2019 Colour Stampede Success!

We ♥️ good news! Thanks for a wonderful Colour Stampede and thanks for making the world a better place for children and their families mighty Fraser Coast Herd! 🌈🏃‍♂️🏃‍♀️🐘

Being a community run event we rely on the generosity of local businesses and families donating time, goods, services and money.

So, thanks for sharing the love and helping make the world a kinder, more colourful place!


2019 Colour Stampede proudly supported by:

And… the awesome band Harding’s House, Hervey Bay Triathlon Club for loaning their start/finish inflatable, the awesome crew at Kawungan Quality Meats, and our super-vollies including a team from Hervey Bay Baptist Church!

Special thanks and mention to the Hay & Biden families for their third year in a row supporting Thomas & Olivia’s Colour Stampede raising funds for children and families near and far.


New Chief annuls 850 child marriages & girls are back in school

We absolutely love sharing good news a) because it’s good, and b) because who doesn’t love hearing good news?!!

What better way to make an impact on the lives of our most vulnerable than to make your first order of business the annulment of 850 child marriages? That’s exactly what Chief Kachindamoto of Monkey Bay in Malawi has done. All of these girls will have much brighter futures now they are back in school.

More good news is imminent from such a progressive and fearless leader. We appreciate your kindness and humility.


7 new faces at Shakti Ghar

BREAKING NEWS: Nineteen children have been rescued overnight from an illegal Child Care Centre in Golfutar, Nepal. We have agreed to find the families of seven of the children and get them home soon. Our first goal is always to help the children feel welcome and safe, conduct health and welfare checks and fill their bellies and hearts with nourishment. We can do this important work because we receive funding through an Australian Aid: Friendship Grant and thanks to our Rescue Crew of regular donors from Australia and around the world.


We are a valued partner of the Australian Government, receiving funding through an Australian Aid: Friendship Grant.

Check out the cover of What’s On Fraser Coast

Who hasn’t seen Thomas and Olivia on the cover of May edition of What’s On Fraser Coast? Get your tickets now so you don’t miss out on this excellent fun day out on June 2!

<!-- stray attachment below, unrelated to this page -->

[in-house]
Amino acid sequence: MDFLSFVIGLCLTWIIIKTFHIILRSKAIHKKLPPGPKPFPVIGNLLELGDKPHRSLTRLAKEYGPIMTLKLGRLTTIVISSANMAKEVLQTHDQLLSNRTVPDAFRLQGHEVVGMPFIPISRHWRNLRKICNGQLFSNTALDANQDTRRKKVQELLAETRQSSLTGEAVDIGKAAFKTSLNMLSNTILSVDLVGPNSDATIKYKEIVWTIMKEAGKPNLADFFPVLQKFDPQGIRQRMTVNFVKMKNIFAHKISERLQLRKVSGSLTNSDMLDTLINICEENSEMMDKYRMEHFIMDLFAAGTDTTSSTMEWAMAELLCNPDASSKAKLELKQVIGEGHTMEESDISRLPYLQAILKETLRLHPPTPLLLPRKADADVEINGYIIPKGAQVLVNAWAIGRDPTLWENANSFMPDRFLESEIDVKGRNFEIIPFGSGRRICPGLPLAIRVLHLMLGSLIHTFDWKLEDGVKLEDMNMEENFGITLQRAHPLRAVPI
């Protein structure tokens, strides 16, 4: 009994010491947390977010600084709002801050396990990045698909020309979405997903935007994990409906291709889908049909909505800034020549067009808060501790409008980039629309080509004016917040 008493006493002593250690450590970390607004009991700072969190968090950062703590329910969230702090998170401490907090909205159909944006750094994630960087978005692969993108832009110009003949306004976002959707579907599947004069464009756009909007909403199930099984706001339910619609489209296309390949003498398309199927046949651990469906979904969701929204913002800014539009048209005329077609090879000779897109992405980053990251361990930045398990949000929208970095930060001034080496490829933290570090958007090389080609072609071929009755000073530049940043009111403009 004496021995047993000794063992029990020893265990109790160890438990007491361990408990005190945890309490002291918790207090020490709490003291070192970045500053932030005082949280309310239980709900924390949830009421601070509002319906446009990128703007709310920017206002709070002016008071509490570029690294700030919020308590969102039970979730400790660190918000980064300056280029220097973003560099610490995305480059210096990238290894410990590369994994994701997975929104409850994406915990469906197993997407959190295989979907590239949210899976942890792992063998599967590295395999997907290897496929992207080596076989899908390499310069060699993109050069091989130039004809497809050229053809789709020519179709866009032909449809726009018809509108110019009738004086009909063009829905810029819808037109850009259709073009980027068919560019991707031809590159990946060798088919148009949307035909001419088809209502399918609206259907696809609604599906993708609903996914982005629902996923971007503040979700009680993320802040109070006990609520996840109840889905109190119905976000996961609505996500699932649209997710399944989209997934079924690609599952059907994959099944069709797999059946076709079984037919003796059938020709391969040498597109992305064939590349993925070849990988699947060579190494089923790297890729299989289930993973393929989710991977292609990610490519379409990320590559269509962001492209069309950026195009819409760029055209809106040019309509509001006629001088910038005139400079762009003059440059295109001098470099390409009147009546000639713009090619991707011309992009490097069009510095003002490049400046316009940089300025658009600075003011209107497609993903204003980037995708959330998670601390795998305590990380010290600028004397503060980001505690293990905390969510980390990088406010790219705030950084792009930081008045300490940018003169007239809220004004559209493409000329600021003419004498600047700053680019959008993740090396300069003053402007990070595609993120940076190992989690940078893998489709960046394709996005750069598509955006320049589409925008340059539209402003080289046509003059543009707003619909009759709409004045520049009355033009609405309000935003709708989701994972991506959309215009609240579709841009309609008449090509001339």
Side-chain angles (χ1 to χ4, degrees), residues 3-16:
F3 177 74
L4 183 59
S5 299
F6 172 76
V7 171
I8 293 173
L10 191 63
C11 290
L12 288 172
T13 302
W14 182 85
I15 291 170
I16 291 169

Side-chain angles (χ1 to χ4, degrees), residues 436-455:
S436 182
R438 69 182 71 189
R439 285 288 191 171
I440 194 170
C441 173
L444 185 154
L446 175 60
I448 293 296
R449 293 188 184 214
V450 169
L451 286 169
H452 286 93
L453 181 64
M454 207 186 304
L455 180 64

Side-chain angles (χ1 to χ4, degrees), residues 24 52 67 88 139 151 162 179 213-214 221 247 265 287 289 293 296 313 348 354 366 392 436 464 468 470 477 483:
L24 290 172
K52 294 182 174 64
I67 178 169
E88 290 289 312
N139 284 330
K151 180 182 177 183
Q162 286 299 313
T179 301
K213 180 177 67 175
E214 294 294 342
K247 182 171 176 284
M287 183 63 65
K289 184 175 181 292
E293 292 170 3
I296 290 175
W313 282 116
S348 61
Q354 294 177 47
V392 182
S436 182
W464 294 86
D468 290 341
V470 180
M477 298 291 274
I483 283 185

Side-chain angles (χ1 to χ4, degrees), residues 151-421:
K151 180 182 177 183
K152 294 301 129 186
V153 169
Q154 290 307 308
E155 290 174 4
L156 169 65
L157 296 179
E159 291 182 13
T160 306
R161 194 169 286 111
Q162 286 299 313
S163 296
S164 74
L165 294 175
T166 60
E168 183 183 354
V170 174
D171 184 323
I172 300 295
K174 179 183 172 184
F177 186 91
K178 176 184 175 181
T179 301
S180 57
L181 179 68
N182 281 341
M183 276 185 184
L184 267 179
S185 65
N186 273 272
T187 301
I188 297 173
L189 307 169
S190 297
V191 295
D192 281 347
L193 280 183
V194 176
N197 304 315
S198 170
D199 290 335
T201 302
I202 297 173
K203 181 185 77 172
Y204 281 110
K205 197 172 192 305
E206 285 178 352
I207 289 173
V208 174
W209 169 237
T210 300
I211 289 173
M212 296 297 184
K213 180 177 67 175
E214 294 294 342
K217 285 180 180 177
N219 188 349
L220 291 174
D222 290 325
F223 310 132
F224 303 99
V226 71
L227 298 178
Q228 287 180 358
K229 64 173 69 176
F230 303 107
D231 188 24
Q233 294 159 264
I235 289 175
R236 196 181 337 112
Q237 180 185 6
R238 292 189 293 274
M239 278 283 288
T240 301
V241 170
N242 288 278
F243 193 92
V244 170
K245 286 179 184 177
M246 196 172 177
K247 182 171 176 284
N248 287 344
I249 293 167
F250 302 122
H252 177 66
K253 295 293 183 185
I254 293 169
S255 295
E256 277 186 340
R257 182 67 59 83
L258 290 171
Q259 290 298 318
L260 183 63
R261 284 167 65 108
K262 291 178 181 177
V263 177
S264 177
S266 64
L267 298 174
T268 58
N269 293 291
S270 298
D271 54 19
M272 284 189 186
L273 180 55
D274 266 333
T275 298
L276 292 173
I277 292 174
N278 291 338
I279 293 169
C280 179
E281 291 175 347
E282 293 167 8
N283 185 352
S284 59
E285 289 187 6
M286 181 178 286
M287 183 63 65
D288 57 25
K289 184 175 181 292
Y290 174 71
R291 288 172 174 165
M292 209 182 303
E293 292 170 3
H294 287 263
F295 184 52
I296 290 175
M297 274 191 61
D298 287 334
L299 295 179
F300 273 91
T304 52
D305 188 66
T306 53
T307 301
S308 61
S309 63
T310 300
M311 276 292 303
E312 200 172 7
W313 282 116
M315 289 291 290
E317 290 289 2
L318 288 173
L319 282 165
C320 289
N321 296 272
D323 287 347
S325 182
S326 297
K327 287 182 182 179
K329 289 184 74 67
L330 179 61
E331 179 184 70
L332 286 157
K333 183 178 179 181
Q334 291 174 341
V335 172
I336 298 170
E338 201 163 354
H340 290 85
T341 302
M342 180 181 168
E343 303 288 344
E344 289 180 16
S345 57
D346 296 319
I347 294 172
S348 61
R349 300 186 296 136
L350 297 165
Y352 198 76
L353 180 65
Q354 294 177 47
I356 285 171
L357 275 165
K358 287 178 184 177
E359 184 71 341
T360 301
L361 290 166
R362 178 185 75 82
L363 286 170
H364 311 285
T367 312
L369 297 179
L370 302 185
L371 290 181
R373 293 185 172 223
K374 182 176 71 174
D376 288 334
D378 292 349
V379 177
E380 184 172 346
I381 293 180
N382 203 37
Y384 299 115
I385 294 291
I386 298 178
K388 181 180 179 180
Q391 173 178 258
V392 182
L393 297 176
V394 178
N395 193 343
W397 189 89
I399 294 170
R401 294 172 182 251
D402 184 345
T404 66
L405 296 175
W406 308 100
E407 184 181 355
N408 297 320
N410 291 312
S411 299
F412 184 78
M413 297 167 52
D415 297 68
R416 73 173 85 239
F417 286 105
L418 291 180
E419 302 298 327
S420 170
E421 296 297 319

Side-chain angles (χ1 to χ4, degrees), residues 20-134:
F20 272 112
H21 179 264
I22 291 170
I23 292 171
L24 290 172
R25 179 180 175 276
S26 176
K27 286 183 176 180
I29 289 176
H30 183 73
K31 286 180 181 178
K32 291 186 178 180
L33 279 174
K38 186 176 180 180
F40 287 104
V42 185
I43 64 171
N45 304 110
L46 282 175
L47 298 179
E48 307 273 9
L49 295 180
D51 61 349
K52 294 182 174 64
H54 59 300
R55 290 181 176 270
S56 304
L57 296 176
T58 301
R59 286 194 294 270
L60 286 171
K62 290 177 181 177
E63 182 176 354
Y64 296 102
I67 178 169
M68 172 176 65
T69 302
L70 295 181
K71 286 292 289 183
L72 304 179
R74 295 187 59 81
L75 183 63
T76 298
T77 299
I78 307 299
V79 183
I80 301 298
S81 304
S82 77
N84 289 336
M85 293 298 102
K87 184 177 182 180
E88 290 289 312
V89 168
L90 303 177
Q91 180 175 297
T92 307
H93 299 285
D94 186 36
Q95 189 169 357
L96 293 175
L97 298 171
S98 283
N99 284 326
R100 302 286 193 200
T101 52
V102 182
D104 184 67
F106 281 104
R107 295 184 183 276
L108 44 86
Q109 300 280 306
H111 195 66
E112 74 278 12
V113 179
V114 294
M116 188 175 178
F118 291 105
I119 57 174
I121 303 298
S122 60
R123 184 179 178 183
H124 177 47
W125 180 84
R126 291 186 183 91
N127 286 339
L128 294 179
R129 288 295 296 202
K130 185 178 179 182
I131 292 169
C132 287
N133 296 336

Tickets / Donate
2019 Colour Stampede - FMN Fundraiser


The 2019 Colour Stampede is proudly helping kids globally (Forget Me Not) and locally (Give Me 5 for Kids). Can’t wait to see you there!


2019 Colour Stampede proudly supported by:

B Mee | What’s On Fraser Coast | Triple M
Allied Fitness | Carter Cooper Realty


The list is growing! Want to add your name? Sponsor logos appear on posters and t-shirts, and we give plenty of shout out’s on the socials 🙂

CLICK HERE to email us for more info about becoming an event sponsor!


Early Bird tickets end April 30

Raising children to be thriving, vibrant and connected to family, community and opportunity – that’s what Forget Me Not is all about! Early Bird tix are selling fast (which is great!) so please book before 30 April to make sure you get some for you & yours.

The Colour Stampede is for EVERYONE!! Come have fun!

Bring the whole fam bam to the 3rd Annual Colour Stampede!!

Bring your bestie xx

Meet you at the starting line!

Early Bird tix on sale until 30 April – HURRY!

Tickets / Donate
2019 Colour Stampede - FMN Fundraiser

Brighter futures earrings on sale now

Did you know 100% profit from sales of these Brighter Futures dangle earrings directly fund projectHELP and our Brighter Futures Study Centres? You can look good AND feel great!!

In collaboration with our friend Kamila at Oh Hey Lovely we have limited edition Forget Me Not and Brighter Futures earrings on sale now raising funds for our projects in India.

Click your fav’s to purchase!


“I’m SO proud to support our dear friend Em raise some valuable funds for projectHELP.

projectHELP creates life-changing opportunities for families living in Kalyanpuri Slum to raise their children to be vibrant, thriving and connected to family, community and opportunity. The goal is for every child to attend school, be in good health and have safe and secure housing.